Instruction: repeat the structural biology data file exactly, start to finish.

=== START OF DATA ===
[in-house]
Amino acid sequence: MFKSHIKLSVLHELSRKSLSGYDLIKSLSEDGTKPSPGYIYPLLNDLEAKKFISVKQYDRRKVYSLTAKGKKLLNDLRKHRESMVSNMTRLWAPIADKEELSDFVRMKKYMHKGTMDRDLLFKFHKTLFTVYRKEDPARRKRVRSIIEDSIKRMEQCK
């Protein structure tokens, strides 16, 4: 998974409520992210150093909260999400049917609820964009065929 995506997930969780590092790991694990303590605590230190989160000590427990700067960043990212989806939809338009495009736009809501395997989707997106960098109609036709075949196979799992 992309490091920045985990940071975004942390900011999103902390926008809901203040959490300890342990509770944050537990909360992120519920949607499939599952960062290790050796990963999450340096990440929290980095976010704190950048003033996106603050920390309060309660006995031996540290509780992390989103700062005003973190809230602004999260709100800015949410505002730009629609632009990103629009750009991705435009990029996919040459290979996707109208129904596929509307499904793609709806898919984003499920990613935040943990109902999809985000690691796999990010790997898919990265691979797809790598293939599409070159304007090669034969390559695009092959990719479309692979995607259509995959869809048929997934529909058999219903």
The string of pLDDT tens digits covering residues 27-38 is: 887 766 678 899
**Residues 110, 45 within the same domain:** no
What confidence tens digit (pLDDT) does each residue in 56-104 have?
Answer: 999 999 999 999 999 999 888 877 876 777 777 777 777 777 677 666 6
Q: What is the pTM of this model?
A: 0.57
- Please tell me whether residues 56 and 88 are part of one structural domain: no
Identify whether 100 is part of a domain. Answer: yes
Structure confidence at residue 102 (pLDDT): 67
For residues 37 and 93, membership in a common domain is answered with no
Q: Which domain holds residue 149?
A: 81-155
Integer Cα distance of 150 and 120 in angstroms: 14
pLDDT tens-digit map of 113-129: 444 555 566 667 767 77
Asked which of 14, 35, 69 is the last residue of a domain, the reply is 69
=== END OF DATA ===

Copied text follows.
[in-house]
Amino acid sequence: MFKSHIKLSVLHELSRKSLSGYDLIKSLSEDGTKPSPGYIYPLLNDLEAKKFISVKQYDRRKVYSLTAKGKKLLNDLRKHRESMVSNMTRLWAPIADKEELSDFVRMKKYMHKGTMDRDLLFKFHKTLFTVYRKEDPARRKRVRSIIEDSIKRMEQCK
């Protein structure tokens, strides 16, 4: 998974409520992210150093909260999400049917609820964009065929 995506997930969780590092790991694990303590605590230190989160000590427990700067960043990212989806939809338009495009736009809501395997989707997106960098109609036709075949196979799992 992309490091920045985990940071975004942390900011999103902390926008809901203040959490300890342990509770944050537990909360992120519920949607499939599952960062290790050796990963999450340096990440929290980095976010704190950048003033996106603050920390309060309660006995031996540290509780992390989103700062005003973190809230602004999260709100800015949410505002730009629609632009990103629009750009991705435009990029996919040459290979996707109208129904596929509307499904793609709806898919984003499920990613935040943990109902999809985000690691796999990010790997898919990265691979797809790598293939599409070159304007090669034969390559695009092959990719479309692979995607259509995959869809048929997934529909058999219903």
The string of pLDDT tens digits covering residues 27-38 is: 887 766 678 899
**Residues 110, 45 within the same domain:** no
What confidence tens digit (pLDDT) does each residue in 56-104 have?
Answer: 999 999 999 999 999 999 888 877 876 777 777 777 777 777 677 666 6
Q: What is the pTM of this model?
A: 0.57
- Please tell me whether residues 56 and 88 are part of one structural domain: no
Identify whether 100 is part of a domain. Answer: yes
Structure confidence at residue 102 (pLDDT): 67
For residues 37 and 93, membership in a common domain is answered with no
Q: Which domain holds residue 149?
A: 81-155
Integer Cα distance of 150 and 120 in angstroms: 14
pLDDT tens-digit map of 113-129: 444 555 566 667 767 77
Asked which of 14, 35, 69 is the last residue of a domain, the reply is 69